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PSOE wins general election and favours ruling with a minority government

Pedro Sánchez (c) and his team celebrate with supporters on Sunday night.
Pedro Sánchez (c) and his team celebrate with supporters on Sunday night. / EFE
  • Pedro Sánchez's Socialists gained 123 seats on Sunday while the fragmented right-wing fell short of the majority needed to form a coalition government

The Socialist PSOE was the clear winner in Sunday's general election, gaining 123 seats of the total of 350 in the Spanish Congreso, a dramatic increase on its previous 84 seats.

This result, combined with the 42 seats obtained by the left-wing group Unidos Podemos, leaves Pedro Sánchez within easy reach of keeping his job as prime minister, requiring the support of some of the minority regional groups that have gained seats.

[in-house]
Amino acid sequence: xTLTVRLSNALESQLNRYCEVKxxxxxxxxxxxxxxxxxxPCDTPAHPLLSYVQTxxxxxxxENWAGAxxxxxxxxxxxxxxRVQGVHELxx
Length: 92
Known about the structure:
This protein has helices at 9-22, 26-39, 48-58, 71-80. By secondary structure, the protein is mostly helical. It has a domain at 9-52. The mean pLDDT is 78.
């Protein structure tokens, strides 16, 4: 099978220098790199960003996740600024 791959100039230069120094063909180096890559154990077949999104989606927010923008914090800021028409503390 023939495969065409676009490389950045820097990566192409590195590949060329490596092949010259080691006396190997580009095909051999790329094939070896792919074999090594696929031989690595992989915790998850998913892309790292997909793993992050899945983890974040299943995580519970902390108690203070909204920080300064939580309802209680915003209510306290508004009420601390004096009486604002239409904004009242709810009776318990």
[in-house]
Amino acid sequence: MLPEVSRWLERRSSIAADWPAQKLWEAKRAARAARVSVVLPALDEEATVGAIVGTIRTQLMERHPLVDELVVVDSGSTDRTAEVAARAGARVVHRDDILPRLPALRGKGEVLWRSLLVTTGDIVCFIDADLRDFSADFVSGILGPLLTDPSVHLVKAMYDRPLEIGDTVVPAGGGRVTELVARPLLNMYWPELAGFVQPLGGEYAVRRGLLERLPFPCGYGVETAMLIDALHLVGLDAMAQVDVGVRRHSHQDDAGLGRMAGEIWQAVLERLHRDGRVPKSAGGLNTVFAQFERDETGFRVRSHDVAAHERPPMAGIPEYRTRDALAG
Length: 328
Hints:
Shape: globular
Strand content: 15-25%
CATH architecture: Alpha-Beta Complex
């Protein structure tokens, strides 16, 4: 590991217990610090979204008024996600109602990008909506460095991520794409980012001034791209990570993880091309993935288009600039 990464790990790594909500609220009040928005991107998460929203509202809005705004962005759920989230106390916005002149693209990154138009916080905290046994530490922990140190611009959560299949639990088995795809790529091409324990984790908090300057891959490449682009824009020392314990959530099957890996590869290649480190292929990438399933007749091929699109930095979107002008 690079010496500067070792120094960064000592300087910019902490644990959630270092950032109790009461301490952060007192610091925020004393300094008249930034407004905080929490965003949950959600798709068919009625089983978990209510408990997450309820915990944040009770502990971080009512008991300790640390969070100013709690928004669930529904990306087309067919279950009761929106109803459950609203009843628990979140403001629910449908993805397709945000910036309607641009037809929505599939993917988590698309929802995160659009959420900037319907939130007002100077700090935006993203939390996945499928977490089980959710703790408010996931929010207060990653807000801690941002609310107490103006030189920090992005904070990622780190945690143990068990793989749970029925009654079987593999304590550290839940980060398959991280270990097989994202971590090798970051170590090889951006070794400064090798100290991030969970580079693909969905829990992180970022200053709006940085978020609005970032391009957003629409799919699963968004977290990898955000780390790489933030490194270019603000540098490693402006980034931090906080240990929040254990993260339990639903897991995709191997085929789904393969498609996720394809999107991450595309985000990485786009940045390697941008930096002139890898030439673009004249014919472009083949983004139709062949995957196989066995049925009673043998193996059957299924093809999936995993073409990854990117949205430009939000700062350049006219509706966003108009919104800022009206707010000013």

PSOE wins general election and favours ruling with a minority government

On Monday morning, Sánchez's deputy Carmen Calvo said in an interview that rather than forming a coalition to secure an absolute majority, the Socialists preferred to rule as a minority government, as they have been doing until now with just 84 seats since Sánchez ousted Mariano Rajoy in last year's vote of no confidence.

Right wing disintegration

Meanwhile the arrival of the far-right party Vox on the scene has taken its toll on the Conservative Partido Popular, which took a massive tumble on Sunday gaining just 66 seats, 71 fewer than the last result in 2016.

The right wing had already been split in recent years by the arrival of centre-right group Ciudadanos who celebrated their 57 seats on Sunday (25 more than in 2016).

Vox makes its debut in the Congreso with 24 seats, a long way off the 60 or 70 some had predicted.